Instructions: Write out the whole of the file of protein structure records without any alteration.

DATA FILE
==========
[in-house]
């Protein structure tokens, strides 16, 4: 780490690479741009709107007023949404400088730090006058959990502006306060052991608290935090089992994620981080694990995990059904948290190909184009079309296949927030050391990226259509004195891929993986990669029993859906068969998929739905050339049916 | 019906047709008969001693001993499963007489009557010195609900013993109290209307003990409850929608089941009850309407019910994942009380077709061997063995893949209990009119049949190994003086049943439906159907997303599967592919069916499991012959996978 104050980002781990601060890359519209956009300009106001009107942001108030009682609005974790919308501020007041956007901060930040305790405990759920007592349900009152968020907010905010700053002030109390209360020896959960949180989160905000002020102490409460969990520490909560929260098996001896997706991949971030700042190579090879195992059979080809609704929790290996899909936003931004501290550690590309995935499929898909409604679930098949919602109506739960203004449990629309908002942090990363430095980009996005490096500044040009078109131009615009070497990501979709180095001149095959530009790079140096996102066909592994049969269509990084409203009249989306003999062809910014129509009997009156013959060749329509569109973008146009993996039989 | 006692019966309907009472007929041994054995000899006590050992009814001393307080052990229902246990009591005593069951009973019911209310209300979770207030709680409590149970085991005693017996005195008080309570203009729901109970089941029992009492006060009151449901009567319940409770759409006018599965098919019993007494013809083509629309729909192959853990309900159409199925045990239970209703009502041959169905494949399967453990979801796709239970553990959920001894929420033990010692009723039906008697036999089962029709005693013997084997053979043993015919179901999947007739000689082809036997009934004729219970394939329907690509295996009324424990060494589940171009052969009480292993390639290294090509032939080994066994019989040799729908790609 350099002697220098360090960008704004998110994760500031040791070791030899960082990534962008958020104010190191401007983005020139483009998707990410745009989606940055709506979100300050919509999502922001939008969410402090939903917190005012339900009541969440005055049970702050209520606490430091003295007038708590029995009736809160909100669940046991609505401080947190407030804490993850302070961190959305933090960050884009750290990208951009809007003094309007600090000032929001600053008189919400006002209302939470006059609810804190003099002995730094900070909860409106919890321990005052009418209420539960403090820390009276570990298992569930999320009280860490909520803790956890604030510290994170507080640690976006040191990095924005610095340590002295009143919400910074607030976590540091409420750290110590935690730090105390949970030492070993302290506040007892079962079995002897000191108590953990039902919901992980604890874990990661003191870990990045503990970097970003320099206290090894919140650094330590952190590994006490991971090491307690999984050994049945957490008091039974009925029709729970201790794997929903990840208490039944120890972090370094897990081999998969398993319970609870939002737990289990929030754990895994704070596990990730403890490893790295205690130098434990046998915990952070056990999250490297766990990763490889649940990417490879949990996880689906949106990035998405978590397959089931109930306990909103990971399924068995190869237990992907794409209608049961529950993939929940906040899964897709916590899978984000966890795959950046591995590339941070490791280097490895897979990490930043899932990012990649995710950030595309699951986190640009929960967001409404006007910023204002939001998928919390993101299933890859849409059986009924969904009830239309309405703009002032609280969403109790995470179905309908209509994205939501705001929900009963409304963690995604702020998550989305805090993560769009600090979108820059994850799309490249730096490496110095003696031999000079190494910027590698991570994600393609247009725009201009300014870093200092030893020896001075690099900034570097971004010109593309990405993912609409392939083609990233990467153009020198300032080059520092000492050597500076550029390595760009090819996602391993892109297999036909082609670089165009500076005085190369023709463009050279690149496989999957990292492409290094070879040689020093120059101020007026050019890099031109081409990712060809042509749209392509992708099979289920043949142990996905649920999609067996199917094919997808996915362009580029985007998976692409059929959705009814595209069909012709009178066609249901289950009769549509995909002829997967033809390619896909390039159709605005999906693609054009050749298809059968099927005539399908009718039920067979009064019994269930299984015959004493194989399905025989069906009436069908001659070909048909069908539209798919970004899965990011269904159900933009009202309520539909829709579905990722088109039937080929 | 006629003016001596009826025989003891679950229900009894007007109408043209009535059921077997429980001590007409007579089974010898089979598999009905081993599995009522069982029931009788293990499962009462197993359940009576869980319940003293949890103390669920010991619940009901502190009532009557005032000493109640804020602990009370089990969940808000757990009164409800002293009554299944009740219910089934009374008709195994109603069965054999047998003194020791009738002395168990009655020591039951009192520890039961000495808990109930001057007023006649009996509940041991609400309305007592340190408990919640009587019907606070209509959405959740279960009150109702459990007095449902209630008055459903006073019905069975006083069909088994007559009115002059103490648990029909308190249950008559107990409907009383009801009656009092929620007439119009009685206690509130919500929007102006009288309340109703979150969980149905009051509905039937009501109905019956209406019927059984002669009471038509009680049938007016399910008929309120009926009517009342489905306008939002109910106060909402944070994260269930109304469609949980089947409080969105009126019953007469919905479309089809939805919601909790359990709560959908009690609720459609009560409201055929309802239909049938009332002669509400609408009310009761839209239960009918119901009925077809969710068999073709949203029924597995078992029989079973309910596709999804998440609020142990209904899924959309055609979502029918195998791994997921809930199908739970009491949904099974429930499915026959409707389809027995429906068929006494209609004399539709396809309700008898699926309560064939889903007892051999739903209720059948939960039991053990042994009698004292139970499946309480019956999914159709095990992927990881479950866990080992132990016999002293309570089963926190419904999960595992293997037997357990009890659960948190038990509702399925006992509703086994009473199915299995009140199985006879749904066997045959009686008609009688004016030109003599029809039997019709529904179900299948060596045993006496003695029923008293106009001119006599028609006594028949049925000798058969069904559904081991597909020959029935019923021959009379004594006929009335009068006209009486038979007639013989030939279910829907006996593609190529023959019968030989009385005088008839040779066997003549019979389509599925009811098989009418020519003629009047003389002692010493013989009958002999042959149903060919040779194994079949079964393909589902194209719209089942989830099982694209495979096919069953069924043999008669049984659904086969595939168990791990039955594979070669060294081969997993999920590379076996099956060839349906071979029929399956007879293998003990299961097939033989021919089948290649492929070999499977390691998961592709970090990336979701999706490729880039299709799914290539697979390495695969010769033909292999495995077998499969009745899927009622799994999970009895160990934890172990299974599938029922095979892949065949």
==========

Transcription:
[in-house]
């Protein structure tokens, strides 16, 4: 780490690479741009709107007023949404400088730090006058959990502006306060052991608290935090089992994620981080694990995990059904948290190909184009079309296949927030050391990226259509004195891929993986990669029993859906068969998929739905050339049916 | 019906047709008969001693001993499963007489009557010195609900013993109290209307003990409850929608089941009850309407019910994942009380077709061997063995893949209990009119049949190994003086049943439906159907997303599967592919069916499991012959996978 104050980002781990601060890359519209956009300009106001009107942001108030009682609005974790919308501020007041956007901060930040305790405990759920007592349900009152968020907010905010700053002030109390209360020896959960949180989160905000002020102490409460969990520490909560929260098996001896997706991949971030700042190579090879195992059979080809609704929790290996899909936003931004501290550690590309995935499929898909409604679930098949919602109506739960203004449990629309908002942090990363430095980009996005490096500044040009078109131009615009070497990501979709180095001149095959530009790079140096996102066909592994049969269509990084409203009249989306003999062809910014129509009997009156013959060749329509569109973008146009993996039989 | 006692019966309907009472007929041994054995000899006590050992009814001393307080052990229902246990009591005593069951009973019911209310209300979770207030709680409590149970085991005693017996005195008080309570203009729901109970089941029992009492006060009151449901009567319940409770759409006018599965098919019993007494013809083509629309729909192959853990309900159409199925045990239970209703009502041959169905494949399967453990979801796709239970553990959920001894929420033990010692009723039906008697036999089962029709005693013997084997053979043993015919179901999947007739000689082809036997009934004729219970394939329907690509295996009324424990060494589940171009052969009480292993390639290294090509032939080994066994019989040799729908790609 350099002697220098360090960008704004998110994760500031040791070791030899960082990534962008958020104010190191401007983005020139483009998707990410745009989606940055709506979100300050919509999502922001939008969410402090939903917190005012339900009541969440005055049970702050209520606490430091003295007038708590029995009736809160909100669940046991609505401080947190407030804490993850302070961190959305933090960050884009750290990208951009809007003094309007600090000032929001600053008189919400006002209302939470006059609810804190003099002995730094900070909860409106919890321990005052009418209420539960403090820390009276570990298992569930999320009280860490909520803790956890604030510290994170507080640690976006040191990095924005610095340590002295009143919400910074607030976590540091409420750290110590935690730090105390949970030492070993302290506040007892079962079995002897000191108590953990039902919901992980604890874990990661003191870990990045503990970097970003320099206290090894919140650094330590952190590994006490991971090491307690999984050994049945957490008091039974009925029709729970201790794997929903990840208490039944120890972090370094897990081999998969398993319970609870939002737990289990929030754990895994704070596990990730403890490893790295205690130098434990046998915990952070056990999250490297766990990763490889649940990417490879949990996880689906949106990035998405978590397959089931109930306990909103990971399924068995190869237990992907794409209608049961529950993939929940906040899964897709916590899978984000966890795959950046591995590339941070490791280097490895897979990490930043899932990012990649995710950030595309699951986190640009929960967001409404006007910023204002939001998928919390993101299933890859849409059986009924969904009830239309309405703009002032609280969403109790995470179905309908209509994205939501705001929900009963409304963690995604702020998550989305805090993560769009600090979108820059994850799309490249730096490496110095003696031999000079190494910027590698991570994600393609247009725009201009300014870093200092030893020896001075690099900034570097971004010109593309990405993912609409392939083609990233990467153009020198300032080059520092000492050597500076550029390595760009090819996602391993892109297999036909082609670089165009500076005085190369023709463009050279690149496989999957990292492409290094070879040689020093120059101020007026050019890099031109081409990712060809042509749209392509992708099979289920043949142990996905649920999609067996199917094919997808996915362009580029985007998976692409059929959705009814595209069909012709009178066609249901289950009769549509995909002829997967033809390619896909390039159709605005999906693609054009050749298809059968099927005539399908009718039920067979009064019994269930299984015959004493194989399905025989069906009436069908001659070909048909069908539209798919970004899965990011269904159900933009009202309520539909829709579905990722088109039937080929 | 006629003016001596009826025989003891679950229900009894007007109408043209009535059921077997429980001590007409007579089974010898089979598999009905081993599995009522069982029931009788293990499962009462197993359940009576869980319940003293949890103390669920010991619940009901502190009532009557005032000493109640804020602990009370089990969940808000757990009164409800002293009554299944009740219910089934009374008709195994109603069965054999047998003194020791009738002395168990009655020591039951009192520890039961000495808990109930001057007023006649009996509940041991609400309305007592340190408990919640009587019907606070209509959405959740279960009150109702459990007095449902209630008055459903006073019905069975006083069909088994007559009115002059103490648990029909308190249950008559107990409907009383009801009656009092929620007439119009009685206690509130919500929007102006009288309340109703979150969980149905009051509905039937009501109905019956209406019927059984002669009471038509009680049938007016399910008929309120009926009517009342489905306008939002109910106060909402944070994260269930109304469609949980089947409080969105009126019953007469919905479309089809939805919601909790359990709560959908009690609720459609009560409201055929309802239909049938009332002669509400609408009310009761839209239960009918119901009925077809969710068999073709949203029924597995078992029989079973309910596709999804998440609020142990209904899924959309055609979502029918195998791994997921809930199908739970009491949904099974429930499915026959409707389809027995429906068929006494209609004399539709396809309700008898699926309560064939889903007892051999739903209720059948939960039991053990042994009698004292139970499946309480019956999914159709095990992927990881479950866990080992132990016999002293309570089963926190419904999960595992293997037997357990009890659960948190038990509702399925006992509703086994009473199915299995009140199985006879749904066997045959009686008609009688004016030109003599029809039997019709529904179900299948060596045993006496003695029923008293106009001119006599028609006594028949049925000798058969069904559904081991597909020959029935019923021959009379004594006929009335009068006209009486038979007639013989030939279910829907006996593609190529023959019968030989009385005088008839040779066997003549019979389509599925009811098989009418020519003629009047003389002692010493013989009958002999042959149903060919040779194994079949079964393909589902194209719209089942989830099982694209495979096919069953069924043999008669049984659904086969595939168990791990039955594979070669060294081969997993999920590379076996099956060839349906071979029929399956007879293998003990299961097939033989021919089948290649492929070999499977390691998961592709970090990336979701999706490729880039299709799914290539697979390495695969010769033909292999495995077998499969009745899927009622799994999970009895160990934890172990299974599938029922095979892949065949």